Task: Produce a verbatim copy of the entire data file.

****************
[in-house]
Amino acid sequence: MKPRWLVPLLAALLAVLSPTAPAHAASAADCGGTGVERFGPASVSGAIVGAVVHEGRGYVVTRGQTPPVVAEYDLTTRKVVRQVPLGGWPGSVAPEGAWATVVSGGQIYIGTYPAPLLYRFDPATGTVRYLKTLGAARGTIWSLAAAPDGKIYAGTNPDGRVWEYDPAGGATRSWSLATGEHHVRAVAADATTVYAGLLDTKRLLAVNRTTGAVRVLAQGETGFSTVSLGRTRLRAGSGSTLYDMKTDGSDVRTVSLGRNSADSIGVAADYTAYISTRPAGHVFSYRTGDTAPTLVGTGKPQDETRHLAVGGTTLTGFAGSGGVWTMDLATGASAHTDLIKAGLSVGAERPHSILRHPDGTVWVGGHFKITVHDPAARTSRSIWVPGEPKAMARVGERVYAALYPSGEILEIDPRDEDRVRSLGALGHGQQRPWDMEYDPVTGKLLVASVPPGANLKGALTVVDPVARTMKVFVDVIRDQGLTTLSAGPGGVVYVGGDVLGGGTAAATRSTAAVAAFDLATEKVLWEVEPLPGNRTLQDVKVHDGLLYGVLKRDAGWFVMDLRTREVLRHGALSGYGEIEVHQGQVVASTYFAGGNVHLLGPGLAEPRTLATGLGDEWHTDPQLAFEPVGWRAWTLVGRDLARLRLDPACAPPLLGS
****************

[in-house]
Amino acid sequence: MKPRWLVPLLAALLAVLSPTAPAHAASAADCGGTGVERFGPASVSGAIVGAVVHEGRGYVVTRGQTPPVVAEYDLTTRKVVRQVPLGGWPGSVAPEGAWATVVSGGQIYIGTYPAPLLYRFDPATGTVRYLKTLGAARGTIWSLAAAPDGKIYAGTNPDGRVWEYDPAGGATRSWSLATGEHHVRAVAADATTVYAGLLDTKRLLAVNRTTGAVRVLAQGETGFSTVSLGRTRLRAGSGSTLYDMKTDGSDVRTVSLGRNSADSIGVAADYTAYISTRPAGHVFSYRTGDTAPTLVGTGKPQDETRHLAVGGTTLTGFAGSGGVWTMDLATGASAHTDLIKAGLSVGAERPHSILRHPDGTVWVGGHFKITVHDPAARTSRSIWVPGEPKAMARVGERVYAALYPSGEILEIDPRDEDRVRSLGALGHGQQRPWDMEYDPVTGKLLVASVPPGANLKGALTVVDPVARTMKVFVDVIRDQGLTTLSAGPGGVVYVGGDVLGGGTAAATRSTAAVAAFDLATEKVLWEVEPLPGNRTLQDVKVHDGLLYGVLKRDAGWFVMDLRTREVLRHGALSGYGEIEVHQGQVVASTYFAGGNVHLLGPGLAEPRTLATGLGDEWHTDPQLAFEPVGWRAWTLVGRDLARLRLDPACAPPLLGS